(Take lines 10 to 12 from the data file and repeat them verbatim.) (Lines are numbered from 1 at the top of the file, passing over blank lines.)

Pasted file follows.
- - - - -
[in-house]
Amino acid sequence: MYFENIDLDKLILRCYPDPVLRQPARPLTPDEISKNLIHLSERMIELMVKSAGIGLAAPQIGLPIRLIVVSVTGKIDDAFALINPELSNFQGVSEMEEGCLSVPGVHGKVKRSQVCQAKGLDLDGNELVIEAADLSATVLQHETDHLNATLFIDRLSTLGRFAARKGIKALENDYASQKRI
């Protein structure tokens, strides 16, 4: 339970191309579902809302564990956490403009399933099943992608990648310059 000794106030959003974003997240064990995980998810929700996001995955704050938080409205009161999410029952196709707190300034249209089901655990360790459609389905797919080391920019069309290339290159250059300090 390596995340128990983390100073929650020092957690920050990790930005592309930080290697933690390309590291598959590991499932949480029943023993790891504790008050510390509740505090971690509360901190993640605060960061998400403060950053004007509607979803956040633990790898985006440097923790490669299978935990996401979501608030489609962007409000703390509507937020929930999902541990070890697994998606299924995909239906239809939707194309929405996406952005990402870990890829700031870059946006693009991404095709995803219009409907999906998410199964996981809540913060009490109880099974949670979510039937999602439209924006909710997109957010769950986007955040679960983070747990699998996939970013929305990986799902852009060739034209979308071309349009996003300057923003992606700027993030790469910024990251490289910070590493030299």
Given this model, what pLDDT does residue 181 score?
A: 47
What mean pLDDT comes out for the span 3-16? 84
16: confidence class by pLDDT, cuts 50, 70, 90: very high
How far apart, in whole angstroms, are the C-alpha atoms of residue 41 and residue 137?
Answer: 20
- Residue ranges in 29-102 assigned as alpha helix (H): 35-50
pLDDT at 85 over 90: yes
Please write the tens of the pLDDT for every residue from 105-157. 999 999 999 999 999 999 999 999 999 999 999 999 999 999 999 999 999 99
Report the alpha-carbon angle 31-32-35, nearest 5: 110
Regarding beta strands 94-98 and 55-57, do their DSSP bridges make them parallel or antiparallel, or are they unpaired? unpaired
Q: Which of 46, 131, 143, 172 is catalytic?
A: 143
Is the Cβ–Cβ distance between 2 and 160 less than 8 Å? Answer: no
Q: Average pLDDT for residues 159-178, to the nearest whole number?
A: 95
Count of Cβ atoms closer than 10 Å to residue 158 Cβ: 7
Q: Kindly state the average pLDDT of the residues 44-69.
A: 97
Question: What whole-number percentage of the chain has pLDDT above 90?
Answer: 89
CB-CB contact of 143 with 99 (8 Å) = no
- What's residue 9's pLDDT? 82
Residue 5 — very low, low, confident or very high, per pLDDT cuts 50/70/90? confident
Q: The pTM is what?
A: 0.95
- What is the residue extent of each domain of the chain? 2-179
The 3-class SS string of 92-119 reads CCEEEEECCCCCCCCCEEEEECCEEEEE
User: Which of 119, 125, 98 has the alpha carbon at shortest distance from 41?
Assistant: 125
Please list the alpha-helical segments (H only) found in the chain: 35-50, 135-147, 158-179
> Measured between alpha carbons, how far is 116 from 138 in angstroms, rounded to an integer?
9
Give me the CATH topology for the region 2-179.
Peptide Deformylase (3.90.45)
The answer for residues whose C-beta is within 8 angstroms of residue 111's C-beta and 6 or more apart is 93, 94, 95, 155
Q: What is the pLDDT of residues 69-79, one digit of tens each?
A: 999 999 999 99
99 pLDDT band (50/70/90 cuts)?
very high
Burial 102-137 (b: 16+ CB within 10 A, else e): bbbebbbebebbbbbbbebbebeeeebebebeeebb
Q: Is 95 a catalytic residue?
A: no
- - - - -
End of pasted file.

- Residue ranges in 29-102 assigned as alpha helix (H): 35-50
pLDDT at 85 over 90: yes
Please write the tens of the pLDDT for every residue from 105-157. 999 999 999 999 999 999 999 999 999 999 999 999 999 999 999 999 999 99